The news stream has changed a lot over the past few decades, obviously. We used to have a very finite number of news sources; either a handful of newspapers or a few evening TV news shows. From these, the general population could then take relatively bland narratives and bash them into whatever twisted shape their minds wished to interpret them as, running them through political/ethical/moral/cultural/philosophical filters and shouting the results to whomever might listen. Which was often almost no one. Other than haranguing friends and family, interaction was limited to “letters to the editor” which few people bothered to write.
These days, like anyone needs reminding, the filters are gone, the flow is wide open, and feedback channels are a deafening cacophony of noise. The term “news sources” has become trampled and pulverized as if by buffalo stampede. Regarding the quality of news, we can be sure of one thing only – simply posting facts, and expecting that narrative to compete in the media shark tank, will produce the most ignored site on the internet. Just ask the global petroleum industry, who tried that for decades; even most advocates believed that the importance of oil and natural gas was too obvious to even comment on, failing to notice the hordes of environmentalists wrapping its gigantic ankles with ropes.
We are now paying the price for this strategic error, particularly in Canada, as the absolutely vital industry is now under attack on all fronts from enemies with little interest in the realities of industrialization. “…for humanity to succeed, oil and gas companies must fail,” blustered Environmental Defence in a Globe and Mail editorial. “The fossil fuel industry wants wildfires and sea-level rise to be your fault…” calumniates West Coast Environmental Law’s Andrew Gage, who somehow nominated himself as spokesperson for the fossil fuel industry by declaring that he knows what it “wants.”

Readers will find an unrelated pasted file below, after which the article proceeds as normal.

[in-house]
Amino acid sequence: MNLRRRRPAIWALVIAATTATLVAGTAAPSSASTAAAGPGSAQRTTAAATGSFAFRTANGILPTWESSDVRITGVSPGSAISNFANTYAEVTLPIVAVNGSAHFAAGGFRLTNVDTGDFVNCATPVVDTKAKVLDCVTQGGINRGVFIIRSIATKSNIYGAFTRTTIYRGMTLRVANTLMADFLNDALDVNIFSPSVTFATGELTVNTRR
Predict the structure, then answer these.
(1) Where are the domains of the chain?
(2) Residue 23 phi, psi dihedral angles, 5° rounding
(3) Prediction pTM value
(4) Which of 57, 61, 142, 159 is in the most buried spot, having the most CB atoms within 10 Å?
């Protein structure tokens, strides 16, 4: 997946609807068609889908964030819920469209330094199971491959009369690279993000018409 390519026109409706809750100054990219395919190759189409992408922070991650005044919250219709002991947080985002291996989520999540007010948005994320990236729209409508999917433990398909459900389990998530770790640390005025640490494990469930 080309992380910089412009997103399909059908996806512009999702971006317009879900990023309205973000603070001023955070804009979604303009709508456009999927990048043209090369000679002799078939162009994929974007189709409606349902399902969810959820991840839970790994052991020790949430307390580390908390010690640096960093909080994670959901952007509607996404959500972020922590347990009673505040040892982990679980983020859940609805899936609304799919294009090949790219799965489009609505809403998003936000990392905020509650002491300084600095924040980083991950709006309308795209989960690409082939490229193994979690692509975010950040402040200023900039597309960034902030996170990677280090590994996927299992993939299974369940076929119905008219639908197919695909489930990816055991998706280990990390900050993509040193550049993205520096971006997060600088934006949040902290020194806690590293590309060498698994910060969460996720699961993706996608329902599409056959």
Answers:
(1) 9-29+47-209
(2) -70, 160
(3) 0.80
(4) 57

Out of, and despite, this bizarre and nearly limitless news/opinion/propaganda flow, the energy industry is finding a way to create a sort of resonance with the general public. The industry fortunately has a great start because, as we are seeing more and more, the general public is actually highly supportive of Canada’s energy business, and becoming ever-more doubtful about the industry’s opponents. Even the CBC (the CBC!) reported in 2018 that 2 out of 3 Canadians think it is wrong to block the Trans Mountain expansion.
However, in seeking to further enhance this resonance, the petroleum industry needs to think carefully about what it says. Wrong steps can happen easily if we, for example, try to debate the bunkum of Mr. Brooks and Mr. Gage. Canada needs a productive and positive energy conversation, and we won’t find it there.